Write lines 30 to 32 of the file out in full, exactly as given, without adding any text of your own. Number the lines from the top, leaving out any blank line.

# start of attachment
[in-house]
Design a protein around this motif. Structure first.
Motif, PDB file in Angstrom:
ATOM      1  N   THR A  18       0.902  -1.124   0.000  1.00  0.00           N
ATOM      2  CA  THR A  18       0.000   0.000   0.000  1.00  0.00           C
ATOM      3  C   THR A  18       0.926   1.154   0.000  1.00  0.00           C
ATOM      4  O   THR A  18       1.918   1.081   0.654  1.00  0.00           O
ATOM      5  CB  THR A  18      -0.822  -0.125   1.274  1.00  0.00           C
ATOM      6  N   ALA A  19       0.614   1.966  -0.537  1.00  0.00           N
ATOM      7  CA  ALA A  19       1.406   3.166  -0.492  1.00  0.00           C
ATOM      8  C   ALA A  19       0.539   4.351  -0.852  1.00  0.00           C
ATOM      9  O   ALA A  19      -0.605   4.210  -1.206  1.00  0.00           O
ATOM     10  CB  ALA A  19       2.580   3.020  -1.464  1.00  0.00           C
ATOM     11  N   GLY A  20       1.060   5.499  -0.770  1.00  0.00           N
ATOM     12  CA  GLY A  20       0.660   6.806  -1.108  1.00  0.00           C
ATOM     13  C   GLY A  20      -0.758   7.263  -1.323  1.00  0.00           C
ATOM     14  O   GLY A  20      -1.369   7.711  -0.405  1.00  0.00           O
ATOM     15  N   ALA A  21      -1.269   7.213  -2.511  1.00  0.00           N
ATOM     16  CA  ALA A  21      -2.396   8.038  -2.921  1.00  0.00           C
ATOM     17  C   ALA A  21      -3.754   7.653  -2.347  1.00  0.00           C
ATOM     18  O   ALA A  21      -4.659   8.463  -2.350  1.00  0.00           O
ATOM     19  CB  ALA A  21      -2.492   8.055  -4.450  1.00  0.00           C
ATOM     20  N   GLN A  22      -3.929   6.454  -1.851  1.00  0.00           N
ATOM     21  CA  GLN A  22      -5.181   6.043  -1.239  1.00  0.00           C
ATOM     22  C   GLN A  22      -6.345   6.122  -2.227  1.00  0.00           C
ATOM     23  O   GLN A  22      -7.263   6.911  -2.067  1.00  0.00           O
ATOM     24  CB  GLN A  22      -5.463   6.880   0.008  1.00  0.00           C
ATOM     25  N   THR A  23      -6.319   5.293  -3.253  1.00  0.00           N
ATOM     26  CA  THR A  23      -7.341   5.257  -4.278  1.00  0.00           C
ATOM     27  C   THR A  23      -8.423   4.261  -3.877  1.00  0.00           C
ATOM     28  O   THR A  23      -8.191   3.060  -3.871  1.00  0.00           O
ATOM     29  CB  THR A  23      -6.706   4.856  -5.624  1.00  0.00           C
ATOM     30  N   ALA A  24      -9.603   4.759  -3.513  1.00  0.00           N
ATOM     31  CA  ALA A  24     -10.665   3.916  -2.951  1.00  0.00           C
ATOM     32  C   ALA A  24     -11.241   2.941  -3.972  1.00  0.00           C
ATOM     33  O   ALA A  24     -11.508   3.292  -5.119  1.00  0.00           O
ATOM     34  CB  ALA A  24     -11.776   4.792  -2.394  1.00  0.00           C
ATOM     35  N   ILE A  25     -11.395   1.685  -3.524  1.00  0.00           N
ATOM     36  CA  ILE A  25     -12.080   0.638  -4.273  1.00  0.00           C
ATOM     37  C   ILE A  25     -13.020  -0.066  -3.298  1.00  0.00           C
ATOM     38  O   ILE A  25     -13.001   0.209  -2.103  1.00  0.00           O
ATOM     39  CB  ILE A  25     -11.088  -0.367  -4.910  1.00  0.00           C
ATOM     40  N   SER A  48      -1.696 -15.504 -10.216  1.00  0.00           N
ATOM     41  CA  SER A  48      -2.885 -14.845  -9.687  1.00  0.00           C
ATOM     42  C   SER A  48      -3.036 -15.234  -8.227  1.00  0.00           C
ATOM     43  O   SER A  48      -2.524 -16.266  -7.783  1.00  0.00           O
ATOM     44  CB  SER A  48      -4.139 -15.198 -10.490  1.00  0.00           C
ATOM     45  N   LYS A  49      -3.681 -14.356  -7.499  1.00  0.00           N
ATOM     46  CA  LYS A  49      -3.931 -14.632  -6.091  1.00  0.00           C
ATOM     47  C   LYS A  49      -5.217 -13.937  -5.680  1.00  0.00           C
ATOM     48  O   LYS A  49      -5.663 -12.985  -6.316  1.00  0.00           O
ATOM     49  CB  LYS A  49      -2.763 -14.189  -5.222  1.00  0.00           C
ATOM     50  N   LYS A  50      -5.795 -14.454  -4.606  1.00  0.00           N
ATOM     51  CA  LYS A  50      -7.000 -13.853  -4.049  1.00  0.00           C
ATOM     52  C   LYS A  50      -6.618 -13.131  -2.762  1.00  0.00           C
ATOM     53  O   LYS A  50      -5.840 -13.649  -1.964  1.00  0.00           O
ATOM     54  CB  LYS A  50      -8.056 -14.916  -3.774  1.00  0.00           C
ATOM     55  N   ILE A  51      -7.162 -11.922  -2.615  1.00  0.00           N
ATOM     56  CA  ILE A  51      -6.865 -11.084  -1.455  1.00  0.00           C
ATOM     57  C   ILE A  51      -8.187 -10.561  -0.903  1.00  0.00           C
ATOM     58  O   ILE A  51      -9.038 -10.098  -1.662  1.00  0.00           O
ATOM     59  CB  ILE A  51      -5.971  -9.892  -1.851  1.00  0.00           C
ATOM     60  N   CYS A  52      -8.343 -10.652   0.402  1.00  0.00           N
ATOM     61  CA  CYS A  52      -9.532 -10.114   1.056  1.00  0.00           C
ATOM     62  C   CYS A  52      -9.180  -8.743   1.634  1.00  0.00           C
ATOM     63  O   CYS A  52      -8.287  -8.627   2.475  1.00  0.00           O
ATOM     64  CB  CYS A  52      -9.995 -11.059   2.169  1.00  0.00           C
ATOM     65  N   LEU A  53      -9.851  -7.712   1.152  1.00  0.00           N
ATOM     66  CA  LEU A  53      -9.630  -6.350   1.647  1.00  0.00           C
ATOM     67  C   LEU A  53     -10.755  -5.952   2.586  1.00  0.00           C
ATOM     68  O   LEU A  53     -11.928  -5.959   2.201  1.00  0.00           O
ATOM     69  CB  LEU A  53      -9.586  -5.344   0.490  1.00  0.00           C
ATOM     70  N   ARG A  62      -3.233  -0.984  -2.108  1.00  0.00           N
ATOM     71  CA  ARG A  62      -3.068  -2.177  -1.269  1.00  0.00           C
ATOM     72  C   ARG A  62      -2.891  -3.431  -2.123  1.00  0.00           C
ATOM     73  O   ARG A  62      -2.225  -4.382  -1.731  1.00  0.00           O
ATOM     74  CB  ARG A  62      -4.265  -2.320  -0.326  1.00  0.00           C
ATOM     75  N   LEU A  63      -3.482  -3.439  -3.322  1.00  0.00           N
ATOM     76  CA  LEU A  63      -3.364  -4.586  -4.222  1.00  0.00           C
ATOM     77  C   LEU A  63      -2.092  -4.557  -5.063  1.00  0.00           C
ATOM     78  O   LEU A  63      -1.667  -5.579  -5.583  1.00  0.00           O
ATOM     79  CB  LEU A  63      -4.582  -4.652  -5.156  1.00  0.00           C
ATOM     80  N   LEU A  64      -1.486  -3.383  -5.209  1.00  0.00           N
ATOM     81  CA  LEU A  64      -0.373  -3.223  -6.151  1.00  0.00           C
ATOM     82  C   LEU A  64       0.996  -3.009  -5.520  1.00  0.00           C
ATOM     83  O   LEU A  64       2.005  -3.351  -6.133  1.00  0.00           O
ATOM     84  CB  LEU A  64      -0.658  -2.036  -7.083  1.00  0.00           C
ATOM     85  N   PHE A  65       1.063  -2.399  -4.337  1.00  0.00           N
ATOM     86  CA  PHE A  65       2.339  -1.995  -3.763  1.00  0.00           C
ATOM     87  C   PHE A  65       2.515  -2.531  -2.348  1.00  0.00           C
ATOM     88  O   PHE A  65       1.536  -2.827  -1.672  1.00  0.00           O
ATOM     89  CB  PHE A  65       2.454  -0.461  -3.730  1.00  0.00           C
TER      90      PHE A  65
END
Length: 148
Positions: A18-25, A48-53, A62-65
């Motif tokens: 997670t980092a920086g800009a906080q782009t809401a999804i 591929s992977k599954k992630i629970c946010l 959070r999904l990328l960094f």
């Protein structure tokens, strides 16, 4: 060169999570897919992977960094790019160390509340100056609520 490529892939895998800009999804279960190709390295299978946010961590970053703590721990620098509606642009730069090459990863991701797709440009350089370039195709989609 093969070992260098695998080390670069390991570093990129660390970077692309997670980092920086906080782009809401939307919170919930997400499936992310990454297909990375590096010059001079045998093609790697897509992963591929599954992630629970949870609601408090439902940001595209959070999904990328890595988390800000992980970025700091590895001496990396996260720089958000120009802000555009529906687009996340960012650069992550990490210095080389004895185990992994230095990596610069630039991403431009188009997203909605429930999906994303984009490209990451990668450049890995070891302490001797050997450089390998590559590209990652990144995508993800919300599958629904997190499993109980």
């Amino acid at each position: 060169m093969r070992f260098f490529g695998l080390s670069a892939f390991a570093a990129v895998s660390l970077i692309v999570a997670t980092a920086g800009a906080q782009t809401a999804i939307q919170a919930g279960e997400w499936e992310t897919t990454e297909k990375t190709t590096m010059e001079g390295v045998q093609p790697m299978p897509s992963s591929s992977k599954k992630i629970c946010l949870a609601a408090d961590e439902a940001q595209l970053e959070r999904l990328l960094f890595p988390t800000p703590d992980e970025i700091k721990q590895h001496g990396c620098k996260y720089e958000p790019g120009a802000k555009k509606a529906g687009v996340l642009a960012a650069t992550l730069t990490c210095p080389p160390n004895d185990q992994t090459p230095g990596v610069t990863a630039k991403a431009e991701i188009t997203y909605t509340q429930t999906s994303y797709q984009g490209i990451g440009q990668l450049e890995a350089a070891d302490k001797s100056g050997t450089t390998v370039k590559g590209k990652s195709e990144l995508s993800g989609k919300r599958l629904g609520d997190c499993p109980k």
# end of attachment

ATOM     27  C   THR A  23      -8.423   4.261  -3.877  1.00  0.00           C
ATOM     28  O   THR A  23      -8.191   3.060  -3.871  1.00  0.00           O
ATOM     29  CB  THR A  23      -6.706   4.856  -5.624  1.00  0.00           C